I definitely could have handled the situation better because I got MAD at these kids.  Not yelling (because I don’t yell ever), but angry, defensive, and accusatory.  They got back to work.  Sort of.

I stepped back from what just happened to assess why their actions set me off in such a way.  A few other kids were on and off their phones when it wasn’t their turn to bid, and I wasn’t angry at them.  Was it perhaps because it was an entire group of 6 people that were disengaged?  An easier target?

I’ve had enough psychotherapy to know that  this had little to do with the fact that those kids weren’t playing as directed.  This had to do with the fact that this group of kids were the “cool kids.”  These were the popular, tons-of-friends, high-status 9th graders who always have a place to sit at lunch, who have a locker in the center of the hallway, and who would have never given a kid like me the time of day in high school.

Nailed it.  My frustration and resentment toward this group of kids had more to do with how I was treated by their “type” when I was in high school than their inappropriate behavior at that moment. In fact, had I nicely told them to get back to work, who knows, they might have happily complied.  Maybe not, but that’s not the point.  The point is that I didn’t give them that opportunity because my reaction was out of emotions from my high school experience.

I don’t do this often, and I’m glad I recognized it right away.  Right or wrong, these kids deserve a teacher that fairly and consistently applies her classroom management philosophies.  And students shouldn’t have to bear the brunt of their teacher’s lasting scars from a high school experience. I’m glad I’m aware enough to recognize this and change my actions.

Etcetera, etc….

I love it when students figure stuff out.

I love it even more when:

A.  Students figure out things that, as a teacher, I didn’t  notice myself.

B.  Students who are labeled as “not good at figuring stuff out” figure stuff out.

Here’s what we did today in Algebra 2:

number pyramids

This is a SMILE resource from the National STEM Centre.  The problem I thought I would encounter is the word “etc.”  Kids don’t do well with “etc.” Etcetera is vague, non-committal, and easily dismissed.  To a student, etcetera usually means “I’ll ignore this and see if no one notices.”

It is helpful for me to be more specific with my expectations of students, especially when their mathematical well being is at stake.  But today, I was feeling a little vague and non-committal myself, so I handed out the sheet, explained what was going on and let them go…etc.

There are no words I love to hear more in my classroom than “Mrs. Schmidt, look what I figured out.”  And today was chock FULL of those statements.  Here are a few:

  • The triangles are always as wide as they are tall.
  • The sum of the base of triangles 3-wide is 3/4 of the top number.
  • As the triangles get larger, the percentage of the peak number gets smaller.
  • The percentage decrease is related to the size of the triangle
  • If the triangle has an odd numbered base, then the center number in the base is always related to the peak number.

There were lots more.  I was very proud of this class’s resolve in addressing the Etcetera.

 

Dice Wars

Nrich has an interesting activity called “Non-transitive Dice” that I’ve always wanted to use in my probability and statistics class.  I’m intrigued by the relationship between the strategy in choosing a dice and the probability of winning with that dice.

We don’t have blank dice, so I had my students make their own with cardstock.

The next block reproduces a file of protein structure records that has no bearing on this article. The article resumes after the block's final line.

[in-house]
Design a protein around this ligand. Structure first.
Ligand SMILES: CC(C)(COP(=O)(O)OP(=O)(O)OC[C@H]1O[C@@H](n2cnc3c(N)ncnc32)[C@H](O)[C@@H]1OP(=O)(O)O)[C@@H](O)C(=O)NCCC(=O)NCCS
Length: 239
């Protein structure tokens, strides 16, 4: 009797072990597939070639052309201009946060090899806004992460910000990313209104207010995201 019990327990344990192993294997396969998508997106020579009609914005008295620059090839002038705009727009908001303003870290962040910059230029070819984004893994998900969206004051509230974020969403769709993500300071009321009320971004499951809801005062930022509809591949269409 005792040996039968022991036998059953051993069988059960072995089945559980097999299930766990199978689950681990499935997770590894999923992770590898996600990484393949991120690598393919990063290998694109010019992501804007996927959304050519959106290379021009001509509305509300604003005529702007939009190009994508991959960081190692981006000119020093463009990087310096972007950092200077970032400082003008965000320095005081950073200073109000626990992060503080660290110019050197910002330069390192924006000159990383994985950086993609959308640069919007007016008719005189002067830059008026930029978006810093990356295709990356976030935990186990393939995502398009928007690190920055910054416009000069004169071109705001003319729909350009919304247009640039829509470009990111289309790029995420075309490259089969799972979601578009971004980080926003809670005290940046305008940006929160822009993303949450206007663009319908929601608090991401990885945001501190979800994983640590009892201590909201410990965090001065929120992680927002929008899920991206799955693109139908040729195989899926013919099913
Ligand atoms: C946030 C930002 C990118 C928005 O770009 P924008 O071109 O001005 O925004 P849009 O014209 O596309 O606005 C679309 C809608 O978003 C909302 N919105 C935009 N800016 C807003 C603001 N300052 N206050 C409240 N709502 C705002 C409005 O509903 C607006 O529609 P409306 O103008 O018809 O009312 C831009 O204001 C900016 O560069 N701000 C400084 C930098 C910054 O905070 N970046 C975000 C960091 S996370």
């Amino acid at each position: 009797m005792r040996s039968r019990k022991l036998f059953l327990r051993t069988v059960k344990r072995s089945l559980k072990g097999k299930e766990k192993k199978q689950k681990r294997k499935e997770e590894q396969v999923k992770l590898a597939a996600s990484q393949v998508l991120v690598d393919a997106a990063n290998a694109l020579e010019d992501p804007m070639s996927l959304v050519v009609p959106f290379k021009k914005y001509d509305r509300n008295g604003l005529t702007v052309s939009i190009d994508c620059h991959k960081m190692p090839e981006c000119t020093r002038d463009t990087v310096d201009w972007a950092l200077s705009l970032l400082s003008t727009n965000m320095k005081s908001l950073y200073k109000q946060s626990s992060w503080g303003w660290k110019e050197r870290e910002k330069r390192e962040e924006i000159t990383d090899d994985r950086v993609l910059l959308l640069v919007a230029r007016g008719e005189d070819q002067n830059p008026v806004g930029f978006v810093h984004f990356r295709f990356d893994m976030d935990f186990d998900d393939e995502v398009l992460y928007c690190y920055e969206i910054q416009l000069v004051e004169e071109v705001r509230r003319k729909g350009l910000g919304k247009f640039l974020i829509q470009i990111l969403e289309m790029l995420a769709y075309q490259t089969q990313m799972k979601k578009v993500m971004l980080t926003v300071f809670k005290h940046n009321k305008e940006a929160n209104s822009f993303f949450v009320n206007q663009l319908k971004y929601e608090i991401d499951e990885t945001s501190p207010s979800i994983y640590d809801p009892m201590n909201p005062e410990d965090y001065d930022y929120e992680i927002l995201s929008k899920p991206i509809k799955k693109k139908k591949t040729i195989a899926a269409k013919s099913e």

IMG_5239

 

Initially, I had them choose which dice would win overall.  Then we let the rolling begin:  A vs. B, B vs. C, and C vs. A.  As they collected their data, they started predicting which dice would end up on top after battle.

Tomorrow, I’d like to sum up the probability representations of some of the dice match-ups.  I found this nice post by James Grime (yep, the Numberphile chap) with a few varieties of non-transitive dice.  Next year, I might start with his Grime set and have students collect data on different matchups.

If we are successful, hopefully we can workout the probability of these outcomes.

And finally, I know that my students will want to compare this dice game to Rock – Paper – Scissors – Lizard – Spock.

I kept digging into James Grime’s rabbit hole and realized, you can purchase this set of non-transitive dice.  Skippy.  I might do that!

#TMWYK – The Return of the Sand Pool

It’s a tough time of year for teachers, and I don’t say that to garner any sympathy.  But I’m going to take a moment to deviate from the regular musings of my classroom and write about my favorite topic:  my daughter.  The discussion won’t be completely unrelated as I have learned a great deal about my students’ development of mathematical literacy while watching my daughter make sense of numbers, quantities and shape.  And of course, Christopher Danielson’s development and facilitation of Talking Math with Your Kids has encouraged me to continue the conversation with my own child.  Specifically, I appreciate that his daughter is a few years older that Maria so that I know what I’m looking for and what to look forward to.

Maria (3.5 years old) loves to be outside.  As soon as the snow melted, she insisted that it was now summer and hence every activity from that moment forward must be done in the great outdoors.  A personal favorite is the sandbox, with water.  I’m not opposed to the sandbox overall, but mixed with water, it becomes more like a swamp.  Plus, let’s face it.  It’s Minnesota. It’s Spring, not Summer, and taking out the hose just isn’t in the cards just yet.

So we made a deal that when the temperature on my weather app reached 70 or above, we could take out the hose.  In the mind of my three year-old, this meant that the first of the two digits needed to be a seven.  On Saturday, this lucky girl got to take out the hose.

IMG_5229